Occupational Health News Roundup

Ordinarily, when a worker is abused by an employer, the employer can be prosecuted, found guilty, and penalized. That hasnât been the case with diplomats accused of abusing domestic workers; their diplomatic immunity has allowed them to duck charges of beating domestic workers or keeping them in slavery-like conditions. But, Sarah Fitzpatrick writes in the Washington Post, this unjust condition may finally change, thanks to a ruling in a lawsuit brought by Marichu Suarez Baoanan against her former employer, Lauro Baja Jr., who served as a UN ambassador from the Philippines:

Baoanan, 40, said the Bajas brought her to the United States in 2006 promising to find her work as a nurse. Instead, Baoanan said, she was forced to endure 126-hour workweeks with no pay, performing household chores and caring for the couple's grandchild. Baja denied the charges, saying Baoanan was compensated. He also invoked diplomatic immunity -- a right that usually halts such cases in their tracks.

But in June, a federal judge in Manhattan ruled that the former U.N. ambassador could not claim immunity because Baoanan's "duties benefited the Baja family's personal household needs, and are unrelated to Baja's diplomatic functions."

In other news:

Associated Press: A new report from Reporters Without Borders finds that journalists covering environmental damage linked to companies and governments face a growing threat of harassment and violence.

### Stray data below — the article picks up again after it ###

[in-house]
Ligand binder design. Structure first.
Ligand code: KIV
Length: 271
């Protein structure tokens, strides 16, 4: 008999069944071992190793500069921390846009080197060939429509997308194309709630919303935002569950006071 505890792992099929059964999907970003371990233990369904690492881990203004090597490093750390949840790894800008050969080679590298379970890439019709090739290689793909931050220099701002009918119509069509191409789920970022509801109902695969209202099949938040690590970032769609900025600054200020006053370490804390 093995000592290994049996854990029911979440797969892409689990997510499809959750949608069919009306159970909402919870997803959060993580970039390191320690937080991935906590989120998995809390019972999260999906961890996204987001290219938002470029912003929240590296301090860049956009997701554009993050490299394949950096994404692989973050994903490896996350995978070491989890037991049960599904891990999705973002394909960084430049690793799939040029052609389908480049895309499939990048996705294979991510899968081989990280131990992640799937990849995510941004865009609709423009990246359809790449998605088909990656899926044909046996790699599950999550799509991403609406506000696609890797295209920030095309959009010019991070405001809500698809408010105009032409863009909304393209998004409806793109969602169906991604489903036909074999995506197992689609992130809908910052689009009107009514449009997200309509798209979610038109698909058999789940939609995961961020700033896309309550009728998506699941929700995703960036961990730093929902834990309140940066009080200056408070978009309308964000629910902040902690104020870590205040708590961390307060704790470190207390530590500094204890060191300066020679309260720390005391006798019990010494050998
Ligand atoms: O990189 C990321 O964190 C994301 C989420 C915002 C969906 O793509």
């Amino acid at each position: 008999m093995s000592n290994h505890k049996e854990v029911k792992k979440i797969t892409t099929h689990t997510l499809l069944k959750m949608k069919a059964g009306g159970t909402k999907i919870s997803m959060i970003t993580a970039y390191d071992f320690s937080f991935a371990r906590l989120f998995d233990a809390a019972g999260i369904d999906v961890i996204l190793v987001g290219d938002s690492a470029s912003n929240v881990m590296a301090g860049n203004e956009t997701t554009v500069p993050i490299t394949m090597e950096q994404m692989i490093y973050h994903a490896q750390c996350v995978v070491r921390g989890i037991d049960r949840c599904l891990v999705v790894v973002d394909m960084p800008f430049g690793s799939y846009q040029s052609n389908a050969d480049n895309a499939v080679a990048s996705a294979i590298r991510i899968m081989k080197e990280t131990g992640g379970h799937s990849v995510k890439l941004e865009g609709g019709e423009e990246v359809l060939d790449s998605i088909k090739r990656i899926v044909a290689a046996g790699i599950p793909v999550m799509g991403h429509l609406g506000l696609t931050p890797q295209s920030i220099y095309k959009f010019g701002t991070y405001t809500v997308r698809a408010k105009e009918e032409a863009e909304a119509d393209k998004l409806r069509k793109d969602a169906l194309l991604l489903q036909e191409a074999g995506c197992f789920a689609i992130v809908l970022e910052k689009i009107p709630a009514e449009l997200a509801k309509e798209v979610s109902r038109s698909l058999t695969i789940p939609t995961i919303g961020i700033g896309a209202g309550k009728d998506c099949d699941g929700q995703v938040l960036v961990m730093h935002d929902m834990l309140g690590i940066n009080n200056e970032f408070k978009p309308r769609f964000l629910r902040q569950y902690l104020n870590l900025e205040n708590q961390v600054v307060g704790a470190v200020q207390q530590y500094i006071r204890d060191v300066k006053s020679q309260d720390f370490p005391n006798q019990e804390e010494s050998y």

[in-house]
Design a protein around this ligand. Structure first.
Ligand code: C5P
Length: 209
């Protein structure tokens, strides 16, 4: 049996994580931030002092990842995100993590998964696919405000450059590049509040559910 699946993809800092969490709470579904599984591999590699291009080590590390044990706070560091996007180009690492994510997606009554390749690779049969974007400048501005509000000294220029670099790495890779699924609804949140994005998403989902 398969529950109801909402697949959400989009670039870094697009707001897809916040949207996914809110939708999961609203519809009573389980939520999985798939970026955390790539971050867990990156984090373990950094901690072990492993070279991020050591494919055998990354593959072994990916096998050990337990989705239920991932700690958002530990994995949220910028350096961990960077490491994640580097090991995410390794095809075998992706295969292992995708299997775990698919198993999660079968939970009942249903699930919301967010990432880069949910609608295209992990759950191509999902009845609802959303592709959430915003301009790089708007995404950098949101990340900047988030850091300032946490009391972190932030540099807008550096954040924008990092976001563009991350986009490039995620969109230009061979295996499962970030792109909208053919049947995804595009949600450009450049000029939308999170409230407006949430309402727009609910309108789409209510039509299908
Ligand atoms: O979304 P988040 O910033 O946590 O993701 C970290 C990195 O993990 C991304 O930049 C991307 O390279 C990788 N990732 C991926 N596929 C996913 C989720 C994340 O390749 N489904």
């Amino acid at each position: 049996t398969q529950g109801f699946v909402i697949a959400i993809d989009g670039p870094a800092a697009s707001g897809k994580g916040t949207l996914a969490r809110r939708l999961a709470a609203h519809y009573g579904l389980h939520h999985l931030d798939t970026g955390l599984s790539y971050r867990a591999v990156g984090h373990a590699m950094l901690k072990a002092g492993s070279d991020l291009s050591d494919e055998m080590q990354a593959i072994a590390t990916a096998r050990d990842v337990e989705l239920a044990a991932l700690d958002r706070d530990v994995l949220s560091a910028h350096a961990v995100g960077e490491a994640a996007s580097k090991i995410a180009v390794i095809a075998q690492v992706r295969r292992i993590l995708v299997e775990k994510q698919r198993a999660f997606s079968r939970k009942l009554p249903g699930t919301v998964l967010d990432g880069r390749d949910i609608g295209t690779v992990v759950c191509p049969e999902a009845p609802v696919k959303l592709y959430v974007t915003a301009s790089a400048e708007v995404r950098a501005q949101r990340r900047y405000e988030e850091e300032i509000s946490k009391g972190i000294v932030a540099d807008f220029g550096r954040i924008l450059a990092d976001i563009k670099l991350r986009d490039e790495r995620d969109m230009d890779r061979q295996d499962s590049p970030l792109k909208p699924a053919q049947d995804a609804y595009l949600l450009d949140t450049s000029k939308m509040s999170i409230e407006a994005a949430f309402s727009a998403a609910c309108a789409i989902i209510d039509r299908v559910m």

BBC: Scientists investigating health problems experienced by airline pilots, many of whom believe theyâve been sickened by contaminated cabin air, say theyâve found organophosphate in the blood and fat tissue of 26 pilots.

Philadelphia Inquirer: OSHA has cited Sunoco for four serious violations related to a release of hydrofluoric acid at its Philadelphia refinery, which sent 13 workers to the hospital; the Chemical Safety Board is investigating releases of hydrogen fluoride in oil refineries in Illinois and Texas; and the United Steelworkers are urging refineries to switch to a safer alternative to the chemical.

CIDRAP News: A study involving nearly 2,000 Beijing hospital workers found that N95 respirators strongly outperform surgical masks in protecting workers from flu viruses.

Reuters: A new study in the journal Archives of Neurology adds to the evidence linking occupational pesticide exposure to Parkinsonâs.

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